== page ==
The film offers an unflattering and probably wildly inaccurate account of beatnik culture in London, but for all that it functions as a social document as well as a compelling mystery-told-in-flashback. Also, Oliver Reed brought an intense charisma to low-budget British cinema in the early 1960s (see Joseph Losey’s dystopian science fiction film The Damned), and The Party’s Over is no exception. The film is worth a watch for Reed’s performance alone.
(Oliver Reed in The Party’s Over)
The Party’s Over is available on DVD from BFI Flipside.
2. The Touchables (Robert Freeman, 1968)
Fellow project researcher Richard Farmer selected this film as his own favourite example of a forgotten 60s cinematic gem. Over to Richard for his review.
“Directed by Robert Freeman (of the Beatles LP-cover photos fame), The Touchables boasts wonderful art direction by Peter Hampton and Richard Rambaut and a brilliant soundtrack – Roy Redmond’s version of Paul McCartney’s ‘Good Day Sunshine’ won’t fail to lift your spirits.
The film sets out to create an atmosphere rather than tell a story and the plot is essentially meaningless: four young women kidnap a pop star and keep him prisoner at their home in the country (although because this is the 1960s, their home is a giant, see-through plastic dome). The slightness of the narrative is more than compensated for by the visual richness and wonderful weirdness of the film, which sees wrestlers, waxwork models, gangsters and rubber reindeer introduced apropos of, well, nothing.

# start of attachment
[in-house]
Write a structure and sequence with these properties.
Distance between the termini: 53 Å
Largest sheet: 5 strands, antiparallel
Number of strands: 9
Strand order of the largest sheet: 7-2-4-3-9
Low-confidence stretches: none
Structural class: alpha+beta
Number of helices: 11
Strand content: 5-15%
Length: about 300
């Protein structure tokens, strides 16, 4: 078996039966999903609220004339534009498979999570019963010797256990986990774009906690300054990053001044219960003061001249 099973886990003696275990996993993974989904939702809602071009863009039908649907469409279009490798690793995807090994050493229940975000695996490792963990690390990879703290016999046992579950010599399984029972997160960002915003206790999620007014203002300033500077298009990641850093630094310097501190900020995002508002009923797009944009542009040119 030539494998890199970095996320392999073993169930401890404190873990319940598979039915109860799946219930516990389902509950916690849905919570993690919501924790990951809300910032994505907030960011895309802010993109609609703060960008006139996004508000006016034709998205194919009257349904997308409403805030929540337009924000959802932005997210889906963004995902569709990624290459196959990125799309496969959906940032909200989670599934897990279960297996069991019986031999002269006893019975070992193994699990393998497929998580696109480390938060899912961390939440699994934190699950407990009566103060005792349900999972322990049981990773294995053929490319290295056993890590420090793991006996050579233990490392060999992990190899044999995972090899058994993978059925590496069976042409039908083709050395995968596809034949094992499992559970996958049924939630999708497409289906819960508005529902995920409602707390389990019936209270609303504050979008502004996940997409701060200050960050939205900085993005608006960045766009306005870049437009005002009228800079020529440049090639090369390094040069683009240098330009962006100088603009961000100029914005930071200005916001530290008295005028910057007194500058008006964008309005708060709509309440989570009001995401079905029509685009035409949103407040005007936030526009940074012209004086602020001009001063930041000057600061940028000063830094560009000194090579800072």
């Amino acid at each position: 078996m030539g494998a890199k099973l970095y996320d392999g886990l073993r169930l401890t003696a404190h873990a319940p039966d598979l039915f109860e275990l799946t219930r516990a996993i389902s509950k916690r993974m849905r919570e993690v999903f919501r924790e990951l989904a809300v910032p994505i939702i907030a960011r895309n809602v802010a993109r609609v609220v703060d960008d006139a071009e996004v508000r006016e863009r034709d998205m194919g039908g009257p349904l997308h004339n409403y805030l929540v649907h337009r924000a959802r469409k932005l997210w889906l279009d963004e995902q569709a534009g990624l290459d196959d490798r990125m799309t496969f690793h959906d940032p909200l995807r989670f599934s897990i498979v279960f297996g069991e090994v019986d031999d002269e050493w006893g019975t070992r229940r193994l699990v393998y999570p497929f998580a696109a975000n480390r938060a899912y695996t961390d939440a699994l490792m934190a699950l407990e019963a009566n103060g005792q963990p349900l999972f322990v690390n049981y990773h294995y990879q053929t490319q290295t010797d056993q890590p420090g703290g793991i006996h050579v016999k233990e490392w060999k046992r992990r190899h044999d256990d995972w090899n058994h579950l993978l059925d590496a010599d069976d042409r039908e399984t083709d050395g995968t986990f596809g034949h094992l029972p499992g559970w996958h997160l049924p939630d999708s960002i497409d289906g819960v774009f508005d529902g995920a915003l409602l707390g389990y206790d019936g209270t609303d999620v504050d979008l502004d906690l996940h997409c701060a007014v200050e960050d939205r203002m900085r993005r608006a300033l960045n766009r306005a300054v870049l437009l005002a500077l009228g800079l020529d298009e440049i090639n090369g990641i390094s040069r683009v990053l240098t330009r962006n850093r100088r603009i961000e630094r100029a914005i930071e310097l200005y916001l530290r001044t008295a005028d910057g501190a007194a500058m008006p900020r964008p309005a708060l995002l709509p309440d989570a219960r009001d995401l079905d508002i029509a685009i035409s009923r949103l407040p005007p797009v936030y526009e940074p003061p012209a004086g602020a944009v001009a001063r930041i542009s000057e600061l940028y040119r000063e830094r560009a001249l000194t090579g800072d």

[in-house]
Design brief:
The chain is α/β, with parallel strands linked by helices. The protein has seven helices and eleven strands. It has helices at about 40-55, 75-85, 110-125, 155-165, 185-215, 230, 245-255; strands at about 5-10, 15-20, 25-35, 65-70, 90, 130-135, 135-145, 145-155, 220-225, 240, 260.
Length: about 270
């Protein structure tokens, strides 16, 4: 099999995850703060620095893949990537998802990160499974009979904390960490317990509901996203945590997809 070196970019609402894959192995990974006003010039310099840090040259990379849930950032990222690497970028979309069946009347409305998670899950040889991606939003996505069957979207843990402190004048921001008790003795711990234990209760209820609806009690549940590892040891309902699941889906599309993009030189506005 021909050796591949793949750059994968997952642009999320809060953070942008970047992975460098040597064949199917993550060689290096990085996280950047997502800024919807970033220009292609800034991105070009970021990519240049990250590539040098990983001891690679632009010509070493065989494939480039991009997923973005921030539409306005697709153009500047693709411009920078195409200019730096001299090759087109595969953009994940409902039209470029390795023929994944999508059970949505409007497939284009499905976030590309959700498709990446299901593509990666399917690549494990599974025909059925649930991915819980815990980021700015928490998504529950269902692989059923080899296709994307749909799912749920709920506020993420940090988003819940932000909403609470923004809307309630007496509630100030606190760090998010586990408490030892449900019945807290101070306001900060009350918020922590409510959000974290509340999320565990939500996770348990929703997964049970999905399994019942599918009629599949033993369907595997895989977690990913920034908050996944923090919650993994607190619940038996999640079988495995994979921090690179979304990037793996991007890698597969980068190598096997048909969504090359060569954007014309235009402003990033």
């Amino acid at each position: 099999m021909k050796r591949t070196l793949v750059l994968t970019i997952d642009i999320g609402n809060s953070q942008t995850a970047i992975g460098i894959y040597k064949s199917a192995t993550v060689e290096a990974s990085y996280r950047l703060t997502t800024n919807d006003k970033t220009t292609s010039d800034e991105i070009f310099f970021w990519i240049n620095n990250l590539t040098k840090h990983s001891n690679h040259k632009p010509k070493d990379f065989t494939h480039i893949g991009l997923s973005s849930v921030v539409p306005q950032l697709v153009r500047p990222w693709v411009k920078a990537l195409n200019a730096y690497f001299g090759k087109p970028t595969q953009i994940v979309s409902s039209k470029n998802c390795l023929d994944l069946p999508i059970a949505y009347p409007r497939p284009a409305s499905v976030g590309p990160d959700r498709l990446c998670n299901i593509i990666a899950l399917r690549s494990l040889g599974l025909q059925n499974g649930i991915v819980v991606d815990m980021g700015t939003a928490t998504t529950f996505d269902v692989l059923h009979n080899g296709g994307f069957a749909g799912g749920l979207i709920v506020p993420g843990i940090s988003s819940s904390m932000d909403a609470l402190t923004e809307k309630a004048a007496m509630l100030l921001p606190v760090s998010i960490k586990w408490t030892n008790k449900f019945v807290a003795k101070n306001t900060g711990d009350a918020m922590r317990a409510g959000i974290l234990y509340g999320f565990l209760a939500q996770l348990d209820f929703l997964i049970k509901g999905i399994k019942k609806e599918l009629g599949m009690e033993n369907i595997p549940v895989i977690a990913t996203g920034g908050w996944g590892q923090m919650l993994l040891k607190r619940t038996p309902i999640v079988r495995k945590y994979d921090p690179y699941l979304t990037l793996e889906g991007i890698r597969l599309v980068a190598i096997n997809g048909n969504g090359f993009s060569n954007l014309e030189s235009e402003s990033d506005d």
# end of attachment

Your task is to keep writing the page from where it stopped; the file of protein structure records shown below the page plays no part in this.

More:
Released to almost total indifference – few, if any, British newspapers deigned to review it – The Touchables failed to find favour even with Kine Weekly, a trade paper which usually adopted a Pollyanna-ish attitude to most of the films it reviewed: ‘The nonsense may mean something to some youngsters, but adults, if they bother, may find it trying.’
The high 60s at its highest.”
The Touchables is available to watch in full on YouTube:
3. The Little Ones (Jim O’Connolly, 1965)
The Little Ones might be a charming number from the Children’s Film Foundation of the type that were shown at Saturday cinema matinees were it not for the film’s underlying themes of racial tension which subtly escalate to an emotionally charged ending.
(Ted and Jackie)
Ted’s parents are racists who beat him regularly and tell him to keep away from Jackie, who is the son of a prostitute. Jackie’s mum is harmless enough, but his Jamaican father left her years ago, which leads Jackie to muse on his father’s life and travels, and his astonishment that anyone would ever leave the sun-bleached shores of Jamaica for London. Stowing away in a furniture removal van bound for Liverpool, the boys decide to catch the next ship leaving from the Liverpool docks for Jamaica because it can’t possibly be worse than England…
When the boys go on a petty crime spree to obtain food for their journey they are painstakingly pursued and finally collared by a local policeman who sits them down and gives them a good talking to. The policeman loses his temper with Jackie and blurts out ‘don’t talk to me like that you little n…’. He pauses before he can complete the sentence, shocked at his own intolerance. His apparent self-image as a progressive liberal is deflated in one unguarded moment and though he sheepishly apologises to Jackie, the damage has been done. It’s a powerful moment which instantly elevates the film into something with a socially critical edge.